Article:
In an era of basketball that is littered with labels like “primary creators,” “hubs” and “3 and D’ers”, players like Wenyen Gabriel often get clustered within a miscellaneous column.
He does not posses a singular skill like shooting, he does not have a definitive position and he is already on his fifth team in just four years. Because of this, his talents while visible, are often spoken in generalities instead of specifics.
It is in these instances when Gabriel, and those like him, are commonly tagged as “energy guys.” A catch-all term that is typically reserved for players tasked with filling multiple holes, like taking care of the dirty work and most importantly playing hard. To be clear, the 25-year-old does all these duties very well, and executes them with pride and vigor.
Yet although he has embraced his role and the boundaries that naturally come with it, there have also been flashes that suggest he’s capable of more on both ends of the floor.
Due to Anthony Davis’ seismic absence, the team necessitated that multiple players step out of their comfort zone and carry more of the load than what was initially expected. Gabriel, being one of the few bigs on the roster, has arguably emerged as the most reliable.
While not producing the overall counting stats that Thomas Bryant has, Gabriel has done an admirable job in helping serve as a Davis proxy within the team’s pick and roll game.
Despite giving up size whenever he checks in at center, Gabriel's combination of screen-awareness (when to flip, re-screen, etc) foot-speed, and 7’1 wingspan has made him one his teammates’ go-to targets in the half court. And based on the results thus far, it’s for good reason.
Russ has been fantastic at feeding his bigs throughout his career. But the ones who thrive are those with a certain level of patience/adaptability when it comes his frantic play— Alex Regla (@AlexmRegla) January 17, 2023
Watch Wenyen's poise as he screens, re-screens to snug, flips and then seals his man before finishing https://t.co/5s4pCXHLhC pic.twitter.com/ZaZTYEPYL2
According to Synergy, Gabriel is scoring a blistering 1.54 points per pick and roll possession this season which ranks in the 88th percentile of the league.
While the efficiency is impressive on face value, when zooming in and looking solely at his “rolls,” it becomes even more striking as he's producing 1.70 points per possession thanks to converting on all but four of his 31 roll chances this year.
Even though he has benefited mightily from playing off the likes of LeBron James and Russell Westbrook, Gabriel’s numbers are also simply a result of his own finishing ability. He is not simply scoring on dunks, but is scoring through contact, over length and routinely showcases a buttery touch through an array of flip shots.
It’s a cosmic gumbo of physical tools, force and grace happening all at once.
With career highs in points per shot attempt, eFG% and rim FG% Gabriel continues to display a more capable offensive profile than his reputation and archetype suggested.
This level of efficiency has to be seen as icing on the cake for a Lakers’ team who relies on Gabriel most for his defensive prowess and versatility, especially with Davis out.
Although there is no replicating his All-Star teammate’s legendary defensive acumen, Gabriel has fought tooth and nail to shore up the team’s rim protection in spite of playing within multi-guard lineups and having to often serve as the sole deterrent in the back-line.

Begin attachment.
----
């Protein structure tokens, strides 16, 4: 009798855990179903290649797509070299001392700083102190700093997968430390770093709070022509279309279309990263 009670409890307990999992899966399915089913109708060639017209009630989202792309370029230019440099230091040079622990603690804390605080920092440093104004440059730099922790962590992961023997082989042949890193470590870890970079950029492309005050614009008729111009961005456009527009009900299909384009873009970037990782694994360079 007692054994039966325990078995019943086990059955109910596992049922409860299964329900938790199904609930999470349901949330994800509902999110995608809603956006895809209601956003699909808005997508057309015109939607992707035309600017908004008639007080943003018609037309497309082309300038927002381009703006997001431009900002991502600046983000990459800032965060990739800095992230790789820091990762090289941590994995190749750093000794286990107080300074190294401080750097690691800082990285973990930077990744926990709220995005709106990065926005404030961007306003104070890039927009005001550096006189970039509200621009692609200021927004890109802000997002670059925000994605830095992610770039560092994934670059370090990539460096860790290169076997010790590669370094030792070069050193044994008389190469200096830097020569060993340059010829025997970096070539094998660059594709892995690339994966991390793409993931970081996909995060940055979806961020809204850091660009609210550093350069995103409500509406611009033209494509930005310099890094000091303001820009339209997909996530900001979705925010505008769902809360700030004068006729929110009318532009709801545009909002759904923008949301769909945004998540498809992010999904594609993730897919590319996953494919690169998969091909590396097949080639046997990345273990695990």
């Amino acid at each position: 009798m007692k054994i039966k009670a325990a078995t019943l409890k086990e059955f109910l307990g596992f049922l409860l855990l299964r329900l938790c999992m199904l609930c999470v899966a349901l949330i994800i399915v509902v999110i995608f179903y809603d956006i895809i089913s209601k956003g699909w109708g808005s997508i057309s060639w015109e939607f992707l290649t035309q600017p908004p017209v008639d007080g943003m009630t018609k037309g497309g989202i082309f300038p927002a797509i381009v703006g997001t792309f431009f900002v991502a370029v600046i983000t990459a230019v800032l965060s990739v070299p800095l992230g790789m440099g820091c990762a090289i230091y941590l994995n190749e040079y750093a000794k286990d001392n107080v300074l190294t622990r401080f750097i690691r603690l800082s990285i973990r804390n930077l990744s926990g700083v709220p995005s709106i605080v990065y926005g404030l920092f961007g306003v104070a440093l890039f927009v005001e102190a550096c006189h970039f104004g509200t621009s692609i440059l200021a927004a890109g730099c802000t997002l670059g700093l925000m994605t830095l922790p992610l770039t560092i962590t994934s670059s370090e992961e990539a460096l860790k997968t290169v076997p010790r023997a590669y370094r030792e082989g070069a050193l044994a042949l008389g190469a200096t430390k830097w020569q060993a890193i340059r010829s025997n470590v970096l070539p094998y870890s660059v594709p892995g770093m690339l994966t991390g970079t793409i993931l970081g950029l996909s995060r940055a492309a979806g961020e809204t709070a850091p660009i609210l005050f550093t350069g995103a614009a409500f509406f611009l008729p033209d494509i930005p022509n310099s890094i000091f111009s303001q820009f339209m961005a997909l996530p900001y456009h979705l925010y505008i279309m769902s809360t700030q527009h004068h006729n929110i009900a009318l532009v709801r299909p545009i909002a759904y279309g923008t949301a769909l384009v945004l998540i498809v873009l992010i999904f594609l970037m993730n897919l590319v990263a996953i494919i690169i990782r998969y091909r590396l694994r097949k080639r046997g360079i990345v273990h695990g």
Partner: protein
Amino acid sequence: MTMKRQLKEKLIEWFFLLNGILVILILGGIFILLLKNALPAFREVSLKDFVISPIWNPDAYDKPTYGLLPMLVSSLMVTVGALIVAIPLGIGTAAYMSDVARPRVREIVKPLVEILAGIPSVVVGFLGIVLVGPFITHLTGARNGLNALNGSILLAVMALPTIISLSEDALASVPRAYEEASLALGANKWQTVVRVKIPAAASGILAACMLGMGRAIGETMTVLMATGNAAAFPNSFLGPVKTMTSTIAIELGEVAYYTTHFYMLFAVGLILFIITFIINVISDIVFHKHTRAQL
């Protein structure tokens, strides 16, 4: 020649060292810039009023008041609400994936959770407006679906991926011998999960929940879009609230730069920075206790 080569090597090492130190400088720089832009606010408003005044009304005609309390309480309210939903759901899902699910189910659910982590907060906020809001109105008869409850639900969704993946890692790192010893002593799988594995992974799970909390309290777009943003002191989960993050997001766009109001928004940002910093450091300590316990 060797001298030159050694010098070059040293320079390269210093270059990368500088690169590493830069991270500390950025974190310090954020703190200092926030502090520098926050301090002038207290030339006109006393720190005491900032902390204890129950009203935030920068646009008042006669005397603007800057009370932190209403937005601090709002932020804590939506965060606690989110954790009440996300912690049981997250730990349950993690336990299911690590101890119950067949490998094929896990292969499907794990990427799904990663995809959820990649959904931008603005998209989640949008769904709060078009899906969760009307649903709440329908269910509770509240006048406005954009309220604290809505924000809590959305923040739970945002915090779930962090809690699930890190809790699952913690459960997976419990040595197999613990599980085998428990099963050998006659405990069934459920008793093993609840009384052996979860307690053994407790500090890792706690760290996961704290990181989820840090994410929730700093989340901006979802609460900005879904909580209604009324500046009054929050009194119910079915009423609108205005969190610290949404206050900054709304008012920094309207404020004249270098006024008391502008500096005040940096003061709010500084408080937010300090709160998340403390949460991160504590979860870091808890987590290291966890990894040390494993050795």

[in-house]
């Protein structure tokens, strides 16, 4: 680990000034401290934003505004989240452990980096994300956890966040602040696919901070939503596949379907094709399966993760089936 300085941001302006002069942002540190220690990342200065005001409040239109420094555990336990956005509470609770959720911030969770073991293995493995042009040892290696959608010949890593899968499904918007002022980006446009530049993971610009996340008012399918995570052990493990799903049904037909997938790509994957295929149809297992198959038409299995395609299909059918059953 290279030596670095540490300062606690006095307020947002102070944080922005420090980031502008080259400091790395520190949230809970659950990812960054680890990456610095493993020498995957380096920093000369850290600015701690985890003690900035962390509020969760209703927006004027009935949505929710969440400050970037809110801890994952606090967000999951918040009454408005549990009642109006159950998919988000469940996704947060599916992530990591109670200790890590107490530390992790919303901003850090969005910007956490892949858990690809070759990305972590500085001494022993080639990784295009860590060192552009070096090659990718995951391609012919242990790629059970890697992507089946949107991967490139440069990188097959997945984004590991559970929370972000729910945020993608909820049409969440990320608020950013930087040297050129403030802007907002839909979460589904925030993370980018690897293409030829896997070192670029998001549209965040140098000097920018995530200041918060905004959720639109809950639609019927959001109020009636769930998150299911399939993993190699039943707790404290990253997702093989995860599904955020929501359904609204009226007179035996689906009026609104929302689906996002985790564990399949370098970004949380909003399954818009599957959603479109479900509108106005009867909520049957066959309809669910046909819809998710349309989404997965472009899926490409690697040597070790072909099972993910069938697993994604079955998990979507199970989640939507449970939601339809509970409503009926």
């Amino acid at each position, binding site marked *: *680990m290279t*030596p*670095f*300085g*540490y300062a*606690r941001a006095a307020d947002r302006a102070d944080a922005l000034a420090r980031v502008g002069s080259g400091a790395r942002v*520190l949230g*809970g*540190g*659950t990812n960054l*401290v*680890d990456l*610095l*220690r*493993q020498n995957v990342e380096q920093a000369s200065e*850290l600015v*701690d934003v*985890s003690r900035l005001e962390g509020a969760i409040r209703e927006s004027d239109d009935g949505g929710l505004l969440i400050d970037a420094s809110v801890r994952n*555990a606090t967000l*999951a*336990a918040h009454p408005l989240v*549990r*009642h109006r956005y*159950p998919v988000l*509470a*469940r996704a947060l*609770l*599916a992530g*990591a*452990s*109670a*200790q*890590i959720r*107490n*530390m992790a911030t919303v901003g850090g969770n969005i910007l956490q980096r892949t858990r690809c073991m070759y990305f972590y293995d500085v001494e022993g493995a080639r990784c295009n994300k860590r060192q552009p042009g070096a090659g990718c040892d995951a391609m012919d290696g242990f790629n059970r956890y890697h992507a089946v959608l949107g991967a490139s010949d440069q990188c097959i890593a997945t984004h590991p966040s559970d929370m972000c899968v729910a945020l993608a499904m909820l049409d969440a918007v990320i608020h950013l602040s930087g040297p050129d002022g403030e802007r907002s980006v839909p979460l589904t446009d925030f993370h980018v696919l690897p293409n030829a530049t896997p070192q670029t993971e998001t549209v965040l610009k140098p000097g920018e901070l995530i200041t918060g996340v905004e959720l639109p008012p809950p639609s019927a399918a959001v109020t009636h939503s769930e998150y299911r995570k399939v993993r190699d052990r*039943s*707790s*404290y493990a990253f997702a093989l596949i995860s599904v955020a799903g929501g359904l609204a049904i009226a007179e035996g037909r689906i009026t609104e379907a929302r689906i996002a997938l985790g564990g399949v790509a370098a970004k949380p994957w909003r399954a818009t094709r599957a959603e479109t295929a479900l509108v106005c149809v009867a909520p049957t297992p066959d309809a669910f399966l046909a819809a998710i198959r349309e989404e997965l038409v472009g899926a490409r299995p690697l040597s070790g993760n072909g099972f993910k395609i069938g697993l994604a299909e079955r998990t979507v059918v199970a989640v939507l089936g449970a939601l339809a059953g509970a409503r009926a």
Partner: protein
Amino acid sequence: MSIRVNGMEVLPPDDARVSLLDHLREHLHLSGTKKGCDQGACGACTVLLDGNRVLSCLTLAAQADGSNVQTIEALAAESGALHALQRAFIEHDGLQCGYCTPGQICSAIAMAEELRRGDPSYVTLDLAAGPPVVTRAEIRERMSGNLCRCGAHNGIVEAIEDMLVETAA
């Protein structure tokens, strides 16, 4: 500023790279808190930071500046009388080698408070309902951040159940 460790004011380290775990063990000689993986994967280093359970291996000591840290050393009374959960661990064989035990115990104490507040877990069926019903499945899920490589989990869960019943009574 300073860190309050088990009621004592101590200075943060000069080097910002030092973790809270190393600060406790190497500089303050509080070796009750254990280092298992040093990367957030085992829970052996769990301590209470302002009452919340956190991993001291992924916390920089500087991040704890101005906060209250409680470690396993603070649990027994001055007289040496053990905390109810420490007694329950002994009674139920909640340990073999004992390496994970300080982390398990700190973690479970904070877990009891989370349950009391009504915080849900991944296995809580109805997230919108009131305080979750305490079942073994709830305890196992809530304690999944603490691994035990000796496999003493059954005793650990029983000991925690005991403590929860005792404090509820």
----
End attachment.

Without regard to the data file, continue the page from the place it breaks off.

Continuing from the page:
With vines for limbs, Gabriel magically finds a way to get his hands in two places at once on defense. Put a trench coat and trilby hat on him and voilà, Gabriel can easily pass as Inspector Gadget with arms that extend log enough to contain the ball-handler in drop coverage in one instant, then rotate over for a violent recovery block the next.
Individually, Gabriel has proved formidable in sealing off the basket as the opposition is shooting just a measly 46% at the rim against him and scoring only 0.92 points per attempt. For context, this is 0.12 points less than what Synergy’s expected points per shot chance at the rim estimates.
Gabriel’s defensive impact has also manifested itself in the Lakers’ team numbers as well. According to Cleaning the Glass, opposing teams are are shooting nearly ten percent lower on shots coming within four feet when the big has been on the floor compared to when he’s been off this season.
It is this level of effectiveness on the defensive end that has helped Gabriel earn the trust of his coaching staff in nearly any situation, like in crunch time as it is often him, not Bryant, finishing contests.
There is absolutely an aspect of being at the right place at the right time when it comes to Gabriel’s current opportunity to spread his wings. But it is also becoming increasingly more difficult to ignore the fact that good things simply tend to happen when he’s on the floor.
Whether it’s a timely bucket post-roll or swatting shots into another dimension, Gabriel continues to show that his impact is more substantial than just providing energy. Perhaps there is no better indicator of this than the fact that only James has a better individual plus-minus on the Lakers than the undrafted big this season.
Already setting career highs in both minutes and games played, Gabriel is finally getting the stage to show the world what he’s capable of when allowed to color outside of the lines of being just an energy big. And for the Lakers, it couldn't have come at a better time.
“Just trying to get better every day,” Gabriel recently said. “I’m learning every day, and the more I learn, the better I’ll be out there.”
While it is Gabriel’s blue-collar approach that has endeared him with the fanbase and helped jumpstart his career, if this recent stretch has proven anything it is that it’s foolish to attempt to categorize or confine him as just one thing.
There’s something bubbling underneath, and sooner or later, it’s going to boil over.